There is no new transportation plan proposed, and there are no commitments to make needed changes and improvements to our transit and transportation system to resolve longstanding problems with the site that continue to negatively impact local residents, users of the park and the economic success of the site;
The proposed investment for public realm enhancements is the bare minimum of what was proposed in the 2022 report ($10 million), and there is no advanced timeline to implement these needed investments;
The new proposal assumes that other levels of government will contribute $20 million to the plan, without which, Ottawa taxpayers will be forced to pay more;
From a sports fan/entertainment perspective:
There will be no green space from which to enjoy a game or event with friends and family as the hill be replaced by an arena with no green roof;
There will be fewer seats to choose from in both the new arena and the stadium;
Ticket prices will increase;
There is no roof proposed for the north side stands (as there is now);

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No new transportation solutions are being proposed for suburban and rural commuters, such as more park-and-rides or permanent free shuttle service on Bank Street; and
The proposed music hall has been removed.
The Ugly

The green roof initially proposed for the new event centre—that we campaigned on making accessible—has been jettisoned entirely;
The initial inadequate commitment for 10% market affordable units to be provided on site—through a requirement of the purchaser of public air rights—has been abandoned entirely;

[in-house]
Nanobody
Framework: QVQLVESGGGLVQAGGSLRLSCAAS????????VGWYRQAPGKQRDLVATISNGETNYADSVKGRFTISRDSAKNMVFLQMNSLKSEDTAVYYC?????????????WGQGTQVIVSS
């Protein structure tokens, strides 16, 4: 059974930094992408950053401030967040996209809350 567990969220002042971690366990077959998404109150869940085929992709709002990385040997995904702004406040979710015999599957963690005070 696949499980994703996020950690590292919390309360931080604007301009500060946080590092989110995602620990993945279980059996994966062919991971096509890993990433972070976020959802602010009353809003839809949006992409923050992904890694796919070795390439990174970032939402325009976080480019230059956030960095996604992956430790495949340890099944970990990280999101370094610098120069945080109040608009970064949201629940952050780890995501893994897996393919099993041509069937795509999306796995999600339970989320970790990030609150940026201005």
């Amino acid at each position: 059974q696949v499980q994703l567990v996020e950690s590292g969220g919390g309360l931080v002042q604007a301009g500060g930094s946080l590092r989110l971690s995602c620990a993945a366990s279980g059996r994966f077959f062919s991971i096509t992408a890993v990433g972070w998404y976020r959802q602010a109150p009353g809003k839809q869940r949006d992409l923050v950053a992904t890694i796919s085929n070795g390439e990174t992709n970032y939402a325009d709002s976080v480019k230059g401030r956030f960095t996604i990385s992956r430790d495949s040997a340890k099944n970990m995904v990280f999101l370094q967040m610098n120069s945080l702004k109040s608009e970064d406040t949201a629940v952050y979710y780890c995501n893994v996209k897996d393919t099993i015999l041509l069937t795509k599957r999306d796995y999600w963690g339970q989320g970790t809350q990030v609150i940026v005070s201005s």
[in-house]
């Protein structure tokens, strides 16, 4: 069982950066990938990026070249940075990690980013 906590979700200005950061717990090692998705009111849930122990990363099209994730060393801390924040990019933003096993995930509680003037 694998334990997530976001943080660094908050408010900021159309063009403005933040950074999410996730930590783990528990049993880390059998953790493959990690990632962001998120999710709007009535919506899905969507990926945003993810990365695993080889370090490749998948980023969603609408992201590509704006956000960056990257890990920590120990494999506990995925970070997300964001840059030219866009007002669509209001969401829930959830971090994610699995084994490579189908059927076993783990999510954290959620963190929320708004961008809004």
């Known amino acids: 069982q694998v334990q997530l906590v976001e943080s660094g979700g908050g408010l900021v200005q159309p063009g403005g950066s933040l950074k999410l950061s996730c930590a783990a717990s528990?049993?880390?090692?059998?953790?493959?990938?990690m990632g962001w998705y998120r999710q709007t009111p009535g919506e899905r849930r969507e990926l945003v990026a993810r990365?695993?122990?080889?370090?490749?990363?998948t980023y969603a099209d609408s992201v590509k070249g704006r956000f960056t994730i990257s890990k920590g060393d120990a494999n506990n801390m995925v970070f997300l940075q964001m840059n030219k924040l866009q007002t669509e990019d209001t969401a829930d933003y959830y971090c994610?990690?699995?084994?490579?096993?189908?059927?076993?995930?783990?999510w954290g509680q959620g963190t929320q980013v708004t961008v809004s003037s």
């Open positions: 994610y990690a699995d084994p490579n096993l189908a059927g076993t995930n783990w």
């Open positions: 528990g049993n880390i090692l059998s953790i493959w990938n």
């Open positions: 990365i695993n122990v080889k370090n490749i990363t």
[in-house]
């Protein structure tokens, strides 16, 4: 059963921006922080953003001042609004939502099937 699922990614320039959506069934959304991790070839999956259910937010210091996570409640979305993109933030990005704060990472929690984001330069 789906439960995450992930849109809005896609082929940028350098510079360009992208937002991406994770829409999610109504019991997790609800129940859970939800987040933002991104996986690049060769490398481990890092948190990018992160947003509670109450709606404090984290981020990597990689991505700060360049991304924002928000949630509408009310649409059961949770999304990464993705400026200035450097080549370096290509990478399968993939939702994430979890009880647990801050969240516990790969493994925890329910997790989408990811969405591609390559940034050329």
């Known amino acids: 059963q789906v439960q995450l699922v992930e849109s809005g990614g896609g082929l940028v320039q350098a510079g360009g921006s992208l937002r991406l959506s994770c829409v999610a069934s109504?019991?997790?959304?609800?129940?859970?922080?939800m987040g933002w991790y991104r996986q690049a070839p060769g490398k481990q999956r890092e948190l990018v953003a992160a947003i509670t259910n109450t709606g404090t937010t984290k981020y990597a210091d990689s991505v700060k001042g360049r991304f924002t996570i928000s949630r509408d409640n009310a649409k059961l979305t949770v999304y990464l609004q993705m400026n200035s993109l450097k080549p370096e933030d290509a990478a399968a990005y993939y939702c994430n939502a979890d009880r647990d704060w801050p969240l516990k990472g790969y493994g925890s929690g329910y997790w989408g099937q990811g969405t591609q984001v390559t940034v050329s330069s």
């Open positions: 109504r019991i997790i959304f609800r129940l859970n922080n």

Worse, the report calls for council to waive the requirements of our Affordable Housing Land and Funding Policy, a policy that ensures that, when the city sells off public land for private residential use, 25% of the proceeds are directed toward our affordable housing budget. The report calls for that requirement to be replaced with a 10% requirement instead. This means both property tax dollars and revenues earmarked for affordable housing will be redirected to pay for Lansdowne 2.0;
Small retail, GoodLife Fitness and all of the “J-block” built in 2014 is to be demolished with construction expected to take 7-10 years on site to replace it;
The city will maintain a large loan for the roof of the Civic Centre that is to be demolished as part of this project;
We will incur $18.6 million of debt for the city to build 140 parking spaces for the new residential towers (under the new proposed North side stands). Annual debt servicing after revenues (from selling or leasing the spots to the residential towers) is expected to cost the city $600,000 annually. The developer would also build an additional 200 residential parking spots underneath the proposed towers;